11. I used to work for ebay as an engineer. i know a few kenyans that worked there, including the guy that gave the name and built kijiji.com.
    The ebay platform has all this functions built in their system for all countries in the world i.e currency conversion, payment methods, shipping etc. All that has to happen, is for them to identify a working model and boom they’ll turn on the feature..
    A good example is India’s alibaba, they had a good model working, high volume, ebay liked it, bought it, integrated them quite easily.

    eBay not being a technology co like google oy yahoo but an MBA haven, will not take the effort to build africa into it’s model till they’re convinced business will be good, rather worth the hassle..

    i’d suggest putting your efforts in building a home grown functionality that make sense for Africa, locally and abroad.. if you can have a farmer sell their stock by the click of their cell phone , whoopy you got som goin on..

  12. I have been ebay trading for 6 months selling instruments , masks, art etc. The main stumbling block would be a method of payment as Paypal does not affiliate to any West african banks as far as i know. If someone comes up with a workable solution to allow Artisans to accept payment here in an african bank account , the potential for international trade on ebay is collosal. I am also involved in a rural internet project and would love to hear from anyone who can offer any information on a solution!

  13. I have read all the points above and think that the shipping issue can be dealt with quite easily, as can the connectivity. It is the payment issue that will hold things back.

    I am trying to set up an online auction site for Kenya. There are already Worldwide shippers that can be used, the internet speed, cost, and availibilty will improve this year when the fibre-optics land in Mombasa (although nothing happens quickly).

    Payment is the big problem. The vast majority of Kenyans are unbanked. Even if a bank account is available the payment options are limited. Sending money is not easy even as most banks only provide ‘point of sale’ debit cards. It is difficult, but possible, to SEND money via online payment systems, it is impossible to receive. The only option for digitised payment here in Kenya is Safaricom Mpesa (and other more recently introduced systems by rival networks), but users are unwilling to send money to a stranger for goods they have not seen. For fee payments I have established Mpesa payments to a ‘corporate’ version called Pay Bill. It is an offline payment method that requires admin to manually edit accounts. It is still Mpesa but recognisably ‘authentic’ by merit of the lack of dialling code. There is talk of Safaricom allowing payments from the Kenyan diaspora via mobile phone, which would be useful. I am aware of some work being done to integrate Mpesa with OS Commerce to accept payments live. It is not straight-forward.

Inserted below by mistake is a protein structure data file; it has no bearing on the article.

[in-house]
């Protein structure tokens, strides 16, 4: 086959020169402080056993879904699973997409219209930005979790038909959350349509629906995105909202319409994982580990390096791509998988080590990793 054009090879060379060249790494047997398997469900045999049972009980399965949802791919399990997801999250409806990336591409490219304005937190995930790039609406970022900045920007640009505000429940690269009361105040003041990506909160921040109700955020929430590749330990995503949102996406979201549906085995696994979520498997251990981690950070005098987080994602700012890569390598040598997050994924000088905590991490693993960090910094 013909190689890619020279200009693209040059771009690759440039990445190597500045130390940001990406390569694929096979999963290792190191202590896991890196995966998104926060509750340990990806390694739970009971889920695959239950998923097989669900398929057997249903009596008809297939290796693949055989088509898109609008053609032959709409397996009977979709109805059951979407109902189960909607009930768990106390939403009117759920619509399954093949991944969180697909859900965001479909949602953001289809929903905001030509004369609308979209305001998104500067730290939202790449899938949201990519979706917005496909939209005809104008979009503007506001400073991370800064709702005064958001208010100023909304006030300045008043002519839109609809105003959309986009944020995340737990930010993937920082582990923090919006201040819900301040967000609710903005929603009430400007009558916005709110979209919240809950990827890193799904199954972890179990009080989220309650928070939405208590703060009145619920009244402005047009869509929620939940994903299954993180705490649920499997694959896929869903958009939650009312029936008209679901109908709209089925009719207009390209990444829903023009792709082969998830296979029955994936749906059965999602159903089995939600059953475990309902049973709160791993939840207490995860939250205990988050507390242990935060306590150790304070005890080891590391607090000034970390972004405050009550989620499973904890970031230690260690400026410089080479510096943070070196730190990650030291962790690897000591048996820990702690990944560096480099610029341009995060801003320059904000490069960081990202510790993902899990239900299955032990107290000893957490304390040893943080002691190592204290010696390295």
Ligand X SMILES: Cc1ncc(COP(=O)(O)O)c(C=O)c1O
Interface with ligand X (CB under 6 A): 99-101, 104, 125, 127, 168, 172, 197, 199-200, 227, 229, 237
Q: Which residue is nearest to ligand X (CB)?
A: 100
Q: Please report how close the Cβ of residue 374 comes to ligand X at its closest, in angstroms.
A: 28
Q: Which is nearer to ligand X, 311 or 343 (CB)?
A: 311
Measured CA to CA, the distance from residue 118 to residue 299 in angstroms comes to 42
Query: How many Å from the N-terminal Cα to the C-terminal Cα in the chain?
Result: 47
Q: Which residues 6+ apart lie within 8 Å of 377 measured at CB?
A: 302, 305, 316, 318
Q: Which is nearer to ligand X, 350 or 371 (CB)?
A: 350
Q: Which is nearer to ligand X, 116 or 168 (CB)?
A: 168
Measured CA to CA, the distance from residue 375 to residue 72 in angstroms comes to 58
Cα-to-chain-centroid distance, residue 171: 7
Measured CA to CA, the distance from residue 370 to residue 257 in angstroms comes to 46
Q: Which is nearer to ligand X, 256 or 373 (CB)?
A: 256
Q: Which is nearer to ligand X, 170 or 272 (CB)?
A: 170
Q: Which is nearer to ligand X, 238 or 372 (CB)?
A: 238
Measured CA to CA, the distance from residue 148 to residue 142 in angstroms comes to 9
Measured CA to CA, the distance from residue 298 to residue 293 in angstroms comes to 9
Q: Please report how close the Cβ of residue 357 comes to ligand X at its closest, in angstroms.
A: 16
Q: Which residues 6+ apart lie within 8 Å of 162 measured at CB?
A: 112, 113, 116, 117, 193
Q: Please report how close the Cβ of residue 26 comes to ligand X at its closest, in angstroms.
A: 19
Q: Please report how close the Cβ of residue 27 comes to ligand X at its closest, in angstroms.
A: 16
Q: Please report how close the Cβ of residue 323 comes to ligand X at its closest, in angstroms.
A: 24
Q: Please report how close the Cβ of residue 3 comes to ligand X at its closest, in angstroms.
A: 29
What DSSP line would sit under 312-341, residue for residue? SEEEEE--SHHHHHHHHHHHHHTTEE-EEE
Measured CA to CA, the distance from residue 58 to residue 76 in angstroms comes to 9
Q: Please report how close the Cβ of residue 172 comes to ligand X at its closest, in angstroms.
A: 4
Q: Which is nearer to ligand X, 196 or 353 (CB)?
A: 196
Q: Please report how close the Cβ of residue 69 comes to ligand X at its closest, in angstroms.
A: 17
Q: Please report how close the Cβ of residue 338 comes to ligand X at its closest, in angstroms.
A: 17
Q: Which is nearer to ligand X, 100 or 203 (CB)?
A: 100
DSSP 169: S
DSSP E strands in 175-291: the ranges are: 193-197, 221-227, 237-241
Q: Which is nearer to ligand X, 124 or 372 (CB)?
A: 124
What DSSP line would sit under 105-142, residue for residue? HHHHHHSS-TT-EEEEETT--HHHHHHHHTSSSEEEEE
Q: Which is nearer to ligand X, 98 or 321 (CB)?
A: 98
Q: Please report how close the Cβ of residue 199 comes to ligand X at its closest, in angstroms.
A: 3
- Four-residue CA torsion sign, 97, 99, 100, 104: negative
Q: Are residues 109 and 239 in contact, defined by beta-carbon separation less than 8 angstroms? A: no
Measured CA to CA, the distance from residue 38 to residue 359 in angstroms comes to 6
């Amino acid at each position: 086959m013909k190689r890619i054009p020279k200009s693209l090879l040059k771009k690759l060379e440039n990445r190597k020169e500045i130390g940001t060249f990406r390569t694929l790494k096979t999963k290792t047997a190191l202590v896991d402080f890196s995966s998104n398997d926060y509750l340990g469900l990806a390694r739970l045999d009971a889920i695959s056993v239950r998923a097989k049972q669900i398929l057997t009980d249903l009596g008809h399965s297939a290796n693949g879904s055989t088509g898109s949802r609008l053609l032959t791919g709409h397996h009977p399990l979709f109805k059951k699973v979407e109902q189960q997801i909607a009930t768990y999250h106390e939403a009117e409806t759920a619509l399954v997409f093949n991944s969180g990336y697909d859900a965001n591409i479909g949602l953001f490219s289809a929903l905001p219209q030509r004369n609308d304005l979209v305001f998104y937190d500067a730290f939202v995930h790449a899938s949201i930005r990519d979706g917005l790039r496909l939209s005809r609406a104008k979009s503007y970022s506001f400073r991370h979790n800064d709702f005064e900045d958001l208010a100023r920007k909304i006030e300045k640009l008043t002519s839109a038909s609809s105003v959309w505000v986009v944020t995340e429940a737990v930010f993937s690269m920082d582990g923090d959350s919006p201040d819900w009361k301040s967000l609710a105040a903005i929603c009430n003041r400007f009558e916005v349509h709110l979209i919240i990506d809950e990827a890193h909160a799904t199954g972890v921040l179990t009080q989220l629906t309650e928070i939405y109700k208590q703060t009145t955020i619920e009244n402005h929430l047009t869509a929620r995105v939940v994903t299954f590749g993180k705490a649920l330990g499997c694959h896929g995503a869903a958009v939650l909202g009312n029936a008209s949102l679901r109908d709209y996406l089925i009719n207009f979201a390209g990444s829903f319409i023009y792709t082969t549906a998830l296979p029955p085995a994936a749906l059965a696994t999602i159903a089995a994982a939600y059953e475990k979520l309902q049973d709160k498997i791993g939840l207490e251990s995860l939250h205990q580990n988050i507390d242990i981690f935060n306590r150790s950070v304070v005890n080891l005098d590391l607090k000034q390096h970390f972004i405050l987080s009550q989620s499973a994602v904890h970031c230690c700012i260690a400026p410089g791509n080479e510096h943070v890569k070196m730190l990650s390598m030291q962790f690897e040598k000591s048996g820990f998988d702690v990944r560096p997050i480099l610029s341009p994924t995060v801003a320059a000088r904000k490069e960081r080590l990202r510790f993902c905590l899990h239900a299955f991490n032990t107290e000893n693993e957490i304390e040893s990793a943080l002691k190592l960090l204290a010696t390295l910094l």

Ebay could do a lot of good for Africa, beginning by allowing send/receive Paypal accounts. They will not do so until not only are there profits to be had, but the profits are big enough to make it worth there while. I’m afraid I am a little cynical about them making the effort and continue to believe that an independent, African solution is the best bet. I am not sure whether my url will display so I am ending with a plug

    Kenya Online Auction

  14. I forgot to tick notify me…

  15. Maybe the best way to go about it is to start by having localized shops for the locals in those countries to trade among themselves. Find people with who can earn the right to run those shop by demostrating their ability to do that with the needed capital and the local landscape knowledge (politacal, geography, financial systems and the like).

    Ebay should build platforms that can help them do that and then if a local or an international is interested in an item outside their local shop they then can follow those trust based layed down procedures.

Comments are closed.

© 2021 WhiteAfrican

Theme by Anders NorenUp ↑